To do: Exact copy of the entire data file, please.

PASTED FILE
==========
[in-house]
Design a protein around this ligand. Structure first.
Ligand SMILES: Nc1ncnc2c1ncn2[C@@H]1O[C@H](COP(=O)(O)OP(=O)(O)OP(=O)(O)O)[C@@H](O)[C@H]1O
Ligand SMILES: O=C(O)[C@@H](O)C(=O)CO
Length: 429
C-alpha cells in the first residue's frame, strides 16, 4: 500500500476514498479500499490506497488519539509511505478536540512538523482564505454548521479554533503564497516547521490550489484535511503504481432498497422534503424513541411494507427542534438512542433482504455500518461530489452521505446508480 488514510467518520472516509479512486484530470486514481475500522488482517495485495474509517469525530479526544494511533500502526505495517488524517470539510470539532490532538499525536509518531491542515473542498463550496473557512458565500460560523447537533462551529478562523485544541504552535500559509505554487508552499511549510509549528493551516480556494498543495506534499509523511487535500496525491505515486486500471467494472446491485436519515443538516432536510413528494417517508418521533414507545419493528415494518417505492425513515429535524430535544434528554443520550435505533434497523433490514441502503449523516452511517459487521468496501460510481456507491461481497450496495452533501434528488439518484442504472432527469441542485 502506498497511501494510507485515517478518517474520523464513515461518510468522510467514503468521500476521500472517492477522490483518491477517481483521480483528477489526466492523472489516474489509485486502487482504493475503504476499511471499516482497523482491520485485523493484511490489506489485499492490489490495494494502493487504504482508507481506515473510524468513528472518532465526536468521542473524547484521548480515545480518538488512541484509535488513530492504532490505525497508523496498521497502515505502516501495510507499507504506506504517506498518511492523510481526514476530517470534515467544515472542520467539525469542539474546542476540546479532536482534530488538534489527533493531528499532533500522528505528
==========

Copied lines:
[in-house]
Design a protein around this ligand. Structure first.
Ligand SMILES: Nc1ncnc2c1ncn2[C@@H]1O[C@H](COP(=O)(O)OP(=O)(O)OP(=O)(O)O)[C@@H](O)[C@H]1O
Ligand SMILES: O=C(O)[C@@H](O)C(=O)CO
Length: 429
C-alpha cells in the first residue's frame, strides 16, 4: 500500500476514498479500499490506497488519539509511505478536540512538523482564505454548521479554533503564497516547521490550489484535511503504481432498497422534503424513541411494507427542534438512542433482504455500518461530489452521505446508480 488514510467518520472516509479512486484530470486514481475500522488482517495485495474509517469525530479526544494511533500502526505495517488524517470539510470539532490532538499525536509518531491542515473542498463550496473557512458565500460560523447537533462551529478562523485544541504552535500559509505554487508552499511549510509549528493551516480556494498543495506534499509523511487535500496525491505515486486500471467494472446491485436519515443538516432536510413528494417517508418521533414507545419493528415494518417505492425513515429535524430535544434528554443520550435505533434497523433490514441502503449523516452511517459487521468496501460510481456507491461481497450496495452533501434528488439518484442504472432527469441542485 502506498497511501494510507485515517478518517474520523464513515461518510468522510467514503468521500476521500472517492477522490483518491477517481483521480483528477489526466492523472489516474489509485486502487482504493475503504476499511471499516482497523482491520485485523493484511490489506489485499492490489490495494494502493487504504482508507481506515473510524468513528472518532465526536468521542473524547484521548480515545480518538488512541484509535488513530492504532490505525497508523496498521497502515505502516501495510507499507504506506504517506498518511492523510481526514476530517470534515467544515472542520467539525469542539474546542476540546479532536482534530488538534489527533493531528499532533500522528505528